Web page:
PRS For Music has revealed its gender pay gap figures for 2019 and 2020.
Findings from the report have shown that the mean gender pay gap at PRS has reduced from 19.1 percent in 2019 to 13.8 percent in 2020.
This was largely driven by executive appointments and leavers, including the appointment of Andrea C. Martin, the organisation’s first female chief executive.
The report shows that PRS has hired more women than men in recent years, albeit in lower paid jobs. There are still more men in senior positions, being paid higher salaries. That said, PRS has made progress since its first gender pay gap report in 2017 and is committed to closing the gap.
Earlier this year, PRS for Music signed the Keychange gender equality pledge to achieve 50 percent Board representation of women and under-represented genders.
With PRS for Music’s support, the Keychange movement, alongside its charity partner, PRS Foundation, has already made a huge impact on the music industry in workforces, board rooms, on stages and more.
PRS for Music has also committed to UK Music’s Ten-Point Plan to help achieve greater diversity within its workforce and continues to work closely with grassroot organisations such as Women in CTRL and Girls I Rate to influence positive change within its membership and across the wider industry.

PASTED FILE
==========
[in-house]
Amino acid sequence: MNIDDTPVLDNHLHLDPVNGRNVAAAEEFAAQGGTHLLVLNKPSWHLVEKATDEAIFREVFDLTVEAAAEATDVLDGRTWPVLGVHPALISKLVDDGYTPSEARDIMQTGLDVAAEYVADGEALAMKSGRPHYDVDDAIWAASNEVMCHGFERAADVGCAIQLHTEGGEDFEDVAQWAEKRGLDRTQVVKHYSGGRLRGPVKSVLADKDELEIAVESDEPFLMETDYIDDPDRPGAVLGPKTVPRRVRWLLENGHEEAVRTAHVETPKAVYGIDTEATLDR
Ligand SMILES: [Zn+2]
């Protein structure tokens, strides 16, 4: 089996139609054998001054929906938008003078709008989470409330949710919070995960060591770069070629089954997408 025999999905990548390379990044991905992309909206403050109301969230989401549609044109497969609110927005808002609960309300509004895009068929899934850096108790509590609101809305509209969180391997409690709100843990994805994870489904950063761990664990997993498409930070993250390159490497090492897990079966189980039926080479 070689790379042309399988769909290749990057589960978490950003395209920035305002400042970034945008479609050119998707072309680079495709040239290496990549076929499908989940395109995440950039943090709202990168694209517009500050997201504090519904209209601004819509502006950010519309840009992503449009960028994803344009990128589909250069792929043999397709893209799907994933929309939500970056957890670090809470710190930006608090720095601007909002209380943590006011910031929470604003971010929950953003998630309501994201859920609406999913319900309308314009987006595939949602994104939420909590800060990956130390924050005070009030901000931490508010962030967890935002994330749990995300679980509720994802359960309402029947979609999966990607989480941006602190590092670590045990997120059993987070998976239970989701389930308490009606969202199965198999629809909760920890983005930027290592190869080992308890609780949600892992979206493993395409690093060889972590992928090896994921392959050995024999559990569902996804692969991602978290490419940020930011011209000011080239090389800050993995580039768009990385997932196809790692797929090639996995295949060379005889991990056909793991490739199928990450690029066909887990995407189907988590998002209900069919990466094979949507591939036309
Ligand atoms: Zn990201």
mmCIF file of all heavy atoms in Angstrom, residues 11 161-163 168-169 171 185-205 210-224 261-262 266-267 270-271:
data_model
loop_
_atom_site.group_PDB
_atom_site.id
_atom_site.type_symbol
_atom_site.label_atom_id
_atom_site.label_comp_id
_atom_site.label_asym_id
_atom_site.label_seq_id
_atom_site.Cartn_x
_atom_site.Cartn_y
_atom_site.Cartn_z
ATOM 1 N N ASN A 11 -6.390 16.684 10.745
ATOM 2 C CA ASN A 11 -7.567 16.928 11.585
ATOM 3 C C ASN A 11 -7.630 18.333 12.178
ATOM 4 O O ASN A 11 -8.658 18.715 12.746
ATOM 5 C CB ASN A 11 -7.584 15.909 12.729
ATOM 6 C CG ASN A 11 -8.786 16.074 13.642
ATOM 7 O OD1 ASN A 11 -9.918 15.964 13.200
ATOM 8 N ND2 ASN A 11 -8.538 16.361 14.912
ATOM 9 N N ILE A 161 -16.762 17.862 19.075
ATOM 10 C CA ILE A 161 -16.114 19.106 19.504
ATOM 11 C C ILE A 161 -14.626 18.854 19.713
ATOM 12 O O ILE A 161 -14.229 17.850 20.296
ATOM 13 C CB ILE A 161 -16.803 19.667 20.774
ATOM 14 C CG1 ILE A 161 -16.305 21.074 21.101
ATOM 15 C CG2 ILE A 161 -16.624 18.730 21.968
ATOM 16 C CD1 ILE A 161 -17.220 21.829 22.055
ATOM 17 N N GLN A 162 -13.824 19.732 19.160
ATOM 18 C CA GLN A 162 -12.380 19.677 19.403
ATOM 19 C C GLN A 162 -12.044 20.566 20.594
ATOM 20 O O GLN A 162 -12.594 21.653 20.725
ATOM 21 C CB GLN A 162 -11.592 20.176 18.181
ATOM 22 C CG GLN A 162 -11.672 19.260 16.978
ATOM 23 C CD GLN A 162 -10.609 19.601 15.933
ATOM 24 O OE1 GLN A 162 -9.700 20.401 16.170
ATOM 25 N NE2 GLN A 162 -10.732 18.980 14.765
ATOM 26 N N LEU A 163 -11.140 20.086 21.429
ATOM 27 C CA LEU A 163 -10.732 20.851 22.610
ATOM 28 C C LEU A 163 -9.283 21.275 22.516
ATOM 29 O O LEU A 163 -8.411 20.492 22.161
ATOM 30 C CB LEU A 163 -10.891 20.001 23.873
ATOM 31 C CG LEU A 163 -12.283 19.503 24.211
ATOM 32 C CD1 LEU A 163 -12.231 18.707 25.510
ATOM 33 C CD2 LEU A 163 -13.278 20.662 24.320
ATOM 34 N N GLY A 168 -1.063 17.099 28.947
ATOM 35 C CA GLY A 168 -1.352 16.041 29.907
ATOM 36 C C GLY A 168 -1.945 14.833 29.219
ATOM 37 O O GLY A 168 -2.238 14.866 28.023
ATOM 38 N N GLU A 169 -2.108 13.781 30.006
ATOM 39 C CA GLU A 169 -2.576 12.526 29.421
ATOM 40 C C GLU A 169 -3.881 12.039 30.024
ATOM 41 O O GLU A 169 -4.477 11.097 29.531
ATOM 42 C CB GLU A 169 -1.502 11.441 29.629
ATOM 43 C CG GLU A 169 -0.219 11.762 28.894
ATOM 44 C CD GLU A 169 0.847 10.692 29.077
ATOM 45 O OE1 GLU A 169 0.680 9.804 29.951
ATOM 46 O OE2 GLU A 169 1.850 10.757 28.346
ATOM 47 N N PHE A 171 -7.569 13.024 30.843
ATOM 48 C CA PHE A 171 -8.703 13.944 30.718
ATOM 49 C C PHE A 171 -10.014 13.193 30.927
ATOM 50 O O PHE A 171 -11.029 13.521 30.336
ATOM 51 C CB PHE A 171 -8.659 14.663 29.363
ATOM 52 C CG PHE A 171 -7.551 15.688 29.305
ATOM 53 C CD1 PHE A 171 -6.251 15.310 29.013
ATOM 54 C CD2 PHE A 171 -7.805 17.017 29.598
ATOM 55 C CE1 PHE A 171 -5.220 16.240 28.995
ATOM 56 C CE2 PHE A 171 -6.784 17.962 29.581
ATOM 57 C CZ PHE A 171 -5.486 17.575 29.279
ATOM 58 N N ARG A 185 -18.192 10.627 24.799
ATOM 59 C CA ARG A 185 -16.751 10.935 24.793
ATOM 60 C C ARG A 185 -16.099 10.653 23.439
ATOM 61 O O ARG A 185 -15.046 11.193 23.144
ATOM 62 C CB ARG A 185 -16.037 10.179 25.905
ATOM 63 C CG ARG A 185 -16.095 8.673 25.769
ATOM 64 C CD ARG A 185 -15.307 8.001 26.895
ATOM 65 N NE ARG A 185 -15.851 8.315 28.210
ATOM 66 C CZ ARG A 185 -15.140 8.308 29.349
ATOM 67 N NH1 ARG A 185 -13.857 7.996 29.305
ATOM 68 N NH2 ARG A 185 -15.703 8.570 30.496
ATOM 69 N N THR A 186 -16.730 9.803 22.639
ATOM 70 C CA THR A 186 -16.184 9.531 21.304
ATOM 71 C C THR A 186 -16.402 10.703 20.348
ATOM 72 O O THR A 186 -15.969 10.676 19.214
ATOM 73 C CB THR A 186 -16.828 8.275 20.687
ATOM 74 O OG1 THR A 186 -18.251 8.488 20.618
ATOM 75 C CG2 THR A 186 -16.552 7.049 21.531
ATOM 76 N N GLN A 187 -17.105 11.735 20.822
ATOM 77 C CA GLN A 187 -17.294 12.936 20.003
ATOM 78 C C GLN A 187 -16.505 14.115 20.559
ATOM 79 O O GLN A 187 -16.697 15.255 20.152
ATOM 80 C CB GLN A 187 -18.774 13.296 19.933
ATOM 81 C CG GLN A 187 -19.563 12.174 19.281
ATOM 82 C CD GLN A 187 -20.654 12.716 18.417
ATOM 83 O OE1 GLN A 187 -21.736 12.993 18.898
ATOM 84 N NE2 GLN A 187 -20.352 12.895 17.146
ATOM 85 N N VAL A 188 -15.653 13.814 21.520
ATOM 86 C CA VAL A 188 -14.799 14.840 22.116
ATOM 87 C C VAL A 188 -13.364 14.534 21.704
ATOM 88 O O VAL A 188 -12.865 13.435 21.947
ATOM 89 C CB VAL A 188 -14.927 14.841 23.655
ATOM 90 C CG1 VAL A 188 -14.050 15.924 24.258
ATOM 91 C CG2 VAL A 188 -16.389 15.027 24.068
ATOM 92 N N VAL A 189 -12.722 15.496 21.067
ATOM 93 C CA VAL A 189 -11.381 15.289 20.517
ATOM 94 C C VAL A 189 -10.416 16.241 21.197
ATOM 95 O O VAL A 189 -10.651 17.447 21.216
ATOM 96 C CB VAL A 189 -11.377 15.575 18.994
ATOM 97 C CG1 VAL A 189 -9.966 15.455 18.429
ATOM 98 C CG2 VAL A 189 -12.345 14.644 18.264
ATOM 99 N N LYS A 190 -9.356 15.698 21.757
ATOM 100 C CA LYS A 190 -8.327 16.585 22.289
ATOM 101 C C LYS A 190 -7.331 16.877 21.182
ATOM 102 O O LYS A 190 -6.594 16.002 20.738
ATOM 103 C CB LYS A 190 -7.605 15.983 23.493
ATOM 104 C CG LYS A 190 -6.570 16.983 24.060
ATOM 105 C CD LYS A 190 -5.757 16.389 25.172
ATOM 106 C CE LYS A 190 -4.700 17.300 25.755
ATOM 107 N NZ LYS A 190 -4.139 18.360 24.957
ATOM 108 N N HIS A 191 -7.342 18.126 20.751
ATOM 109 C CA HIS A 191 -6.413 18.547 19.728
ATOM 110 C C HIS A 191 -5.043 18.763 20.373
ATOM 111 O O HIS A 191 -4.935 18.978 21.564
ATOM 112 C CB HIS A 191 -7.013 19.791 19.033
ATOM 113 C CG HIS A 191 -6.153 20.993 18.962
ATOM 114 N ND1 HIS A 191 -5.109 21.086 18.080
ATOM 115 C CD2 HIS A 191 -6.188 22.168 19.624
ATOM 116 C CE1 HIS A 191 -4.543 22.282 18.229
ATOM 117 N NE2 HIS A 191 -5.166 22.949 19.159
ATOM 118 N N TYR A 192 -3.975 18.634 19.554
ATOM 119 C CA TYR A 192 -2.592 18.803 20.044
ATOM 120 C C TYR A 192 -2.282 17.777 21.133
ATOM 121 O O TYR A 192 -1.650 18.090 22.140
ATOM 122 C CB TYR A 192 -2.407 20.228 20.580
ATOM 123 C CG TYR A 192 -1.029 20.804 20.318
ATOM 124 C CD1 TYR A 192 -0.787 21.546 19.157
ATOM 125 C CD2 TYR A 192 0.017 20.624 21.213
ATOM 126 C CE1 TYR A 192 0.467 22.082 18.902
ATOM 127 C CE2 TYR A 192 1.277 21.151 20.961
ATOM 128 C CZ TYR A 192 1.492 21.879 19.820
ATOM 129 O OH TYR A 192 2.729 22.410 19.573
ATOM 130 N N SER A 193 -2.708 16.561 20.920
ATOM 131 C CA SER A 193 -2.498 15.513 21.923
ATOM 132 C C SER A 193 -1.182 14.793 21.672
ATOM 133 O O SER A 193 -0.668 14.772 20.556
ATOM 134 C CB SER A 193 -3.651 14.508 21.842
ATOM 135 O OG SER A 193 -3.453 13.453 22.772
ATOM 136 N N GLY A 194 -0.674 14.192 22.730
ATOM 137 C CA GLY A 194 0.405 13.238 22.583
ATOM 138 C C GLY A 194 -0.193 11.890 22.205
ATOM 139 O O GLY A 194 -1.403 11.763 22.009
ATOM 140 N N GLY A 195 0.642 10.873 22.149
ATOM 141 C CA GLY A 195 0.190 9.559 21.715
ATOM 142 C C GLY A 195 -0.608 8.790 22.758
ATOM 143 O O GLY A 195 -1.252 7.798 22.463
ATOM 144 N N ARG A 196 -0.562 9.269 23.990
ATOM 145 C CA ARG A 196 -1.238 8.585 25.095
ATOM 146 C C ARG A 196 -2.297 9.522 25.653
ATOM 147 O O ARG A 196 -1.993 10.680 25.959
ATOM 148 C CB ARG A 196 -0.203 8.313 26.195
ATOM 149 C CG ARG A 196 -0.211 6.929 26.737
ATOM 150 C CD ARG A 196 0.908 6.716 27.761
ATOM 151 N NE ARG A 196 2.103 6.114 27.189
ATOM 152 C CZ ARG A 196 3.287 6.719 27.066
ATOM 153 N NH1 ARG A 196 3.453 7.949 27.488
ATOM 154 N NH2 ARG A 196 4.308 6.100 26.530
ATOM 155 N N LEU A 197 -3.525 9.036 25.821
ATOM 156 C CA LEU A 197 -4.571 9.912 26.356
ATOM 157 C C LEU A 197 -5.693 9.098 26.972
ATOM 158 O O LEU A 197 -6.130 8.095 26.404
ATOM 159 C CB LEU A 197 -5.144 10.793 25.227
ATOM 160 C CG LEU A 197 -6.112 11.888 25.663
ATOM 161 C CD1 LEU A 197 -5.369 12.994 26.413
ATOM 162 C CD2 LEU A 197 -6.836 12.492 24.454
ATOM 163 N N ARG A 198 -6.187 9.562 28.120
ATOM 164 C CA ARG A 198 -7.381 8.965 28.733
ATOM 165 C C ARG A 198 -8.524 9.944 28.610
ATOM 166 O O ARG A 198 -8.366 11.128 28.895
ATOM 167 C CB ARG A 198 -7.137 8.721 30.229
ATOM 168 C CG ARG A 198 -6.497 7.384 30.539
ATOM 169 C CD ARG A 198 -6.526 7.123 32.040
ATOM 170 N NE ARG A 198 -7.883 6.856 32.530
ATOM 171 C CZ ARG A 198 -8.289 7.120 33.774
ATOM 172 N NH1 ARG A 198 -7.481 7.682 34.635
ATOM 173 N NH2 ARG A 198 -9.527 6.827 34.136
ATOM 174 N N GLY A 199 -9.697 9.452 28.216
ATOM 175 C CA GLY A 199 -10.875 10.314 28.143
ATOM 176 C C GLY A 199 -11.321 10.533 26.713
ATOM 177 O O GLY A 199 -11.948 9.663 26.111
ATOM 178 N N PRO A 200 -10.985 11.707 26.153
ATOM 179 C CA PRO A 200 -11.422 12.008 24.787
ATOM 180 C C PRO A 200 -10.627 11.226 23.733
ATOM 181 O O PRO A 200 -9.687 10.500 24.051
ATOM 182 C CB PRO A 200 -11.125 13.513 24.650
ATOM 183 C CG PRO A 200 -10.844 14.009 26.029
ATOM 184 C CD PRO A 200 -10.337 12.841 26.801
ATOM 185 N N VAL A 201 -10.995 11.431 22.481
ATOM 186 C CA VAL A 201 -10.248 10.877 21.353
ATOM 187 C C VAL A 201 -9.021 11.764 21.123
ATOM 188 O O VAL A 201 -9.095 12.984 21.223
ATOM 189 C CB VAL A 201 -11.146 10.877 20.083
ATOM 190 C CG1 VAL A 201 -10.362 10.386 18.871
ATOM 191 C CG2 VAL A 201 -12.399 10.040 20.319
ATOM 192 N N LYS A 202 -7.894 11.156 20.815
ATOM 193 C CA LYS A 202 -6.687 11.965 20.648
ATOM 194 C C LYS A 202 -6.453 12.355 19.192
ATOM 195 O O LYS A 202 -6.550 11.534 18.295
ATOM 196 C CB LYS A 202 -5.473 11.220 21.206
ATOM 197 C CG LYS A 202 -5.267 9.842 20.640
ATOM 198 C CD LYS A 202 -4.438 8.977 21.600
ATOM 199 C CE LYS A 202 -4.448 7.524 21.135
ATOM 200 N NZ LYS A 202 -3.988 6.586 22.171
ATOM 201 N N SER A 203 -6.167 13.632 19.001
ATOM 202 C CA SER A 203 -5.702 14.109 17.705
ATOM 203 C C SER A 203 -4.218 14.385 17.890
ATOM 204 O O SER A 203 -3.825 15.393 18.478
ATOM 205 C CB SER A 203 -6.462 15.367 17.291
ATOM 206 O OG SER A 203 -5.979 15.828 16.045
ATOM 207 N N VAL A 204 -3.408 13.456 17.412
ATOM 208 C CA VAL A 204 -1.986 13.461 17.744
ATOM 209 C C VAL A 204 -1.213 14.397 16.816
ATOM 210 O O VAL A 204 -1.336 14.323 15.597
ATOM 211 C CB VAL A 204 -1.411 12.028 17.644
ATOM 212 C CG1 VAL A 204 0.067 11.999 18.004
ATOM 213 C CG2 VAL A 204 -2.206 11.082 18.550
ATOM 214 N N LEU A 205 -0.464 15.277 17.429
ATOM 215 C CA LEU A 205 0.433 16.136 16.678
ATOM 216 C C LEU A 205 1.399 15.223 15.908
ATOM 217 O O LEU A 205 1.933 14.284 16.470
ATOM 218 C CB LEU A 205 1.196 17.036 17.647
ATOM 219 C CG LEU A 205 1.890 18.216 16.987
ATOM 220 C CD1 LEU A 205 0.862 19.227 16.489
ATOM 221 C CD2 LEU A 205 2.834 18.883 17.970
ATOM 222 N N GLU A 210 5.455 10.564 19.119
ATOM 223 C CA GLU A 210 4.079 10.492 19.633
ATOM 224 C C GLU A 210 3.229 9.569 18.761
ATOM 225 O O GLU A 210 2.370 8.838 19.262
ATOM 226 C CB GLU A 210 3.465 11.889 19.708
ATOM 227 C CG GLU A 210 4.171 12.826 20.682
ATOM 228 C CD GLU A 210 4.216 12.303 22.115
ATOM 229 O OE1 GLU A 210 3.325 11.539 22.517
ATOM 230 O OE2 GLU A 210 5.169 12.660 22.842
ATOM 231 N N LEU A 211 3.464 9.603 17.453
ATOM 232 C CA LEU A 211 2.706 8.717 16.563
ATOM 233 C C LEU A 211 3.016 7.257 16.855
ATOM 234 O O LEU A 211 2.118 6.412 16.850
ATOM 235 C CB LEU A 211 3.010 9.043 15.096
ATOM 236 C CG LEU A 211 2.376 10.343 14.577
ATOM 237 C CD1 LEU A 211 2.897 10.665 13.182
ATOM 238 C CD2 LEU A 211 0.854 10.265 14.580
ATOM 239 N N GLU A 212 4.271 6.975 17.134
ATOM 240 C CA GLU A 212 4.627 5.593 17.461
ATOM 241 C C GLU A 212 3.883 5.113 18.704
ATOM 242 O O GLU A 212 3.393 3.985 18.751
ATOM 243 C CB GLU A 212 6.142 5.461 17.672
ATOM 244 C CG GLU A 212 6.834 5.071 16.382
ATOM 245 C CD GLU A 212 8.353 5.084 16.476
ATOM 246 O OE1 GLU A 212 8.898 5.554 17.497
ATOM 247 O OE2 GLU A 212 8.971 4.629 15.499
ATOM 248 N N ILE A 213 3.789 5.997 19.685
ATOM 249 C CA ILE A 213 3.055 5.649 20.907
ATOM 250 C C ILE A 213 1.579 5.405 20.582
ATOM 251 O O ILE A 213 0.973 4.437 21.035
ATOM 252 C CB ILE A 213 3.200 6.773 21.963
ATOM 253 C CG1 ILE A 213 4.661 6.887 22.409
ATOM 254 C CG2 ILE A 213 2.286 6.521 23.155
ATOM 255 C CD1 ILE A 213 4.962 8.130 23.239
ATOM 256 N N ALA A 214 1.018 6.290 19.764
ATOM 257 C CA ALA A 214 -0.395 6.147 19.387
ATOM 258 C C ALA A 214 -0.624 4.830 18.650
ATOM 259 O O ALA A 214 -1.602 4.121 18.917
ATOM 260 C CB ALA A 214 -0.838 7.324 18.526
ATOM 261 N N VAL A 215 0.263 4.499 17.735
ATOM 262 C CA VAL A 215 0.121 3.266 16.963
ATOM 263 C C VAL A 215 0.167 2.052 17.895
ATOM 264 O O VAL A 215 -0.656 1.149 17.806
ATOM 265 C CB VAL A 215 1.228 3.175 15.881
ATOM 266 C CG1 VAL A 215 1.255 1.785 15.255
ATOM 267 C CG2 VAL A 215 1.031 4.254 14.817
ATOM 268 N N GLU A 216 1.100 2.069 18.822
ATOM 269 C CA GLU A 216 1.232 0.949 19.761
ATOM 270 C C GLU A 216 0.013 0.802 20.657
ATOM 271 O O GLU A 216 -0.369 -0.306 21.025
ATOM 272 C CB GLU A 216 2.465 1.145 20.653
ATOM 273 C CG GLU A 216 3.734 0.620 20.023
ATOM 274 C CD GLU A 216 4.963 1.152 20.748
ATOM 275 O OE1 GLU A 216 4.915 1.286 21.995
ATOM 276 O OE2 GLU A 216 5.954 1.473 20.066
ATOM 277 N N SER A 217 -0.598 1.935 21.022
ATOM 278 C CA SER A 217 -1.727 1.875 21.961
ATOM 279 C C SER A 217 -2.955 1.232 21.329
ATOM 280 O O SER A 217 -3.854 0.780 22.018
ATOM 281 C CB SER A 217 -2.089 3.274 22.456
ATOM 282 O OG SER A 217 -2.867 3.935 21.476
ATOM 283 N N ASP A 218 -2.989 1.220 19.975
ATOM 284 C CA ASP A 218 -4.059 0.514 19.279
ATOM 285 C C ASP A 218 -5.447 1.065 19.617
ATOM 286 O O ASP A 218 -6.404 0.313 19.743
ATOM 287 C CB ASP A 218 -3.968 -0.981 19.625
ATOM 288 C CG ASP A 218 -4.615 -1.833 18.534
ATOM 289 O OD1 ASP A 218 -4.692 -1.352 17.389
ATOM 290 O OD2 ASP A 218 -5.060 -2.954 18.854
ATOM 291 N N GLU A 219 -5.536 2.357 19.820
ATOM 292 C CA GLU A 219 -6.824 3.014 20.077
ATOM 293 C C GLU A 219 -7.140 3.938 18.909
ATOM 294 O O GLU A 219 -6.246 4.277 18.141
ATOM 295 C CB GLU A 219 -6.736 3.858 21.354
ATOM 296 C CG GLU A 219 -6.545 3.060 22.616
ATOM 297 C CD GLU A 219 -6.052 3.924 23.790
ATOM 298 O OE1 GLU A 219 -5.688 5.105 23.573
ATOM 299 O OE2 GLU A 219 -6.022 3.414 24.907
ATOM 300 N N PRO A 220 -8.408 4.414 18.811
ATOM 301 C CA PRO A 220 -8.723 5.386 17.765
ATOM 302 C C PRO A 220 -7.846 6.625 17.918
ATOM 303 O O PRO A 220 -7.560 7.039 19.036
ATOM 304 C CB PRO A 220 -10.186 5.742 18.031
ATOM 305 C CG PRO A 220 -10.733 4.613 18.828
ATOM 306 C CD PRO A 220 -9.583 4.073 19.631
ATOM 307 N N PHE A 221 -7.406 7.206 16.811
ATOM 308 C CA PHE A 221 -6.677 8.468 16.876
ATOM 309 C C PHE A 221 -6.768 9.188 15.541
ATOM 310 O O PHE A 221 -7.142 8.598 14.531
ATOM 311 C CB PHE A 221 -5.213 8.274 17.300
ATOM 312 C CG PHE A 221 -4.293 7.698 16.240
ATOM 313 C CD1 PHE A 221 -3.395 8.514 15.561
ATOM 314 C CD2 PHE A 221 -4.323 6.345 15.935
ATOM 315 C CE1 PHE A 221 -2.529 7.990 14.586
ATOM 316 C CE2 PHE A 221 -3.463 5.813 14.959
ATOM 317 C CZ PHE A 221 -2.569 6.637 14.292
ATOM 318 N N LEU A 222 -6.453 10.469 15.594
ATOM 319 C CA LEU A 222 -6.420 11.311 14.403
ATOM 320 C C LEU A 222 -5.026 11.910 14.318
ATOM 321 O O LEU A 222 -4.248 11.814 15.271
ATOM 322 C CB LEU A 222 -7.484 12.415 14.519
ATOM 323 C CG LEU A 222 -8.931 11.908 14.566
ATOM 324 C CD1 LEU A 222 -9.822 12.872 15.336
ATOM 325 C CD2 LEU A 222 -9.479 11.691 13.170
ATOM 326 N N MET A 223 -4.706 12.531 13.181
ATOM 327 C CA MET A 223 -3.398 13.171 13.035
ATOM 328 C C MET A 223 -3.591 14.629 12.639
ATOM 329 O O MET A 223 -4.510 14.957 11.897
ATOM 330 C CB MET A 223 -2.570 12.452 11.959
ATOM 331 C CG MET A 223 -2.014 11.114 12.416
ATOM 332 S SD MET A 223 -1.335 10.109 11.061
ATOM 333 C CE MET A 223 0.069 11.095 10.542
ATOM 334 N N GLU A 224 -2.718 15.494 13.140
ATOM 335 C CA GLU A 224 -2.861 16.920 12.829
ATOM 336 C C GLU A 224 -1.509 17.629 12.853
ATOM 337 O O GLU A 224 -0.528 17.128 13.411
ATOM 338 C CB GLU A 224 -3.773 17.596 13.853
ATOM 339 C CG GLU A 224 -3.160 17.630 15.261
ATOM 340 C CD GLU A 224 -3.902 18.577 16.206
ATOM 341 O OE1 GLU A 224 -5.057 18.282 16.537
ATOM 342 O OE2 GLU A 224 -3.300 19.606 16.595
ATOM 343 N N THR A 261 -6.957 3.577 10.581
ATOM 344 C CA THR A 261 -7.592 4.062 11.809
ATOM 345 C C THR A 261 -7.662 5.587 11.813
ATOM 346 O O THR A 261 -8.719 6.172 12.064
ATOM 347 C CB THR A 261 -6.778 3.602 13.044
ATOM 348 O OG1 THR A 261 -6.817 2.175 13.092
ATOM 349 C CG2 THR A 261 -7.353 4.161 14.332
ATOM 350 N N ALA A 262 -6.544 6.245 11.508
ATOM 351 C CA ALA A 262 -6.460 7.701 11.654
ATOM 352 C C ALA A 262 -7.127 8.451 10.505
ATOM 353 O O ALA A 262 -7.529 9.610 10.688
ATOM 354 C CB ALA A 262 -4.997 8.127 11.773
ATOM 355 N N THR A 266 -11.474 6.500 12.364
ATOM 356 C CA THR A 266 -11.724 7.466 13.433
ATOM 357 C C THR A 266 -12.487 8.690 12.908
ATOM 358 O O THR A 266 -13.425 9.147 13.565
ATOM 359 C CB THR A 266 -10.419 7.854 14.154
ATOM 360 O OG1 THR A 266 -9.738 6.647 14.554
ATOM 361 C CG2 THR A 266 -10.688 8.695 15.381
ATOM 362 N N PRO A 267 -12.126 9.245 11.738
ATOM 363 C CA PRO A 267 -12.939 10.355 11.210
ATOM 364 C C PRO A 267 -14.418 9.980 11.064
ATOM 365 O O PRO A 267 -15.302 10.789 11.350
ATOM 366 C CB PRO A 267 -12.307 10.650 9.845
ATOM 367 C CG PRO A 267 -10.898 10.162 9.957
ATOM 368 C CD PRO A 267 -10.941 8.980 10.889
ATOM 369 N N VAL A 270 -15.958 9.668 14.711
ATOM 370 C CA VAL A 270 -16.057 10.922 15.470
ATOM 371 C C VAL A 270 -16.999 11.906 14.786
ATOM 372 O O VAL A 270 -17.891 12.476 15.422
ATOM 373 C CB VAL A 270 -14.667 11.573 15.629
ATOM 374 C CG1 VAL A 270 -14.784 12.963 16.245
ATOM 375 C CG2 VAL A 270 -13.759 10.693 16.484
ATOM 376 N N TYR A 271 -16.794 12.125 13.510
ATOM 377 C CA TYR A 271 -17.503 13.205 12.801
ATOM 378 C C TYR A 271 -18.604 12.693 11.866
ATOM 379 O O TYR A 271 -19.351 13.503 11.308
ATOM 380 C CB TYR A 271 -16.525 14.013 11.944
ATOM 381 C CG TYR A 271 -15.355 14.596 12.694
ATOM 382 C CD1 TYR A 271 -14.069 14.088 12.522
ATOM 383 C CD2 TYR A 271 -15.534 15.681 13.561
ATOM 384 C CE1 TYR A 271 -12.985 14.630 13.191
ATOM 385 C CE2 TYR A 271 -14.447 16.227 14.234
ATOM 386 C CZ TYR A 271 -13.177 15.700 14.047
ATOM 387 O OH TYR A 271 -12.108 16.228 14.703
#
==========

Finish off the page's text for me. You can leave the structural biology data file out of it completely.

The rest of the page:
Andrea C. Martin, CEO, PRS for Music, said: ‘At PRS for Music, we respect and embrace difference and value diverse teams. Just like the members we represent and the music they make, we are multifaceted. Inclusion is one of our core company values, which we use to evaluate performance, and we strive to be a workplace where everyone is treated fairly, regardless of gender, race, sexuality, or any other characteristic. Since our first gender pay gap report for 2017, our business has changed significantly, and will no doubt continue to do so as we manage the impact of the coronavirus pandemic. Our gender pay gap figures have shown modest improvement over this period and we have taken several steps to support the increase in women in senior roles, but we must and will do more, to close the gender pay gap and champion diversity and inclusion at every level of our organisation.’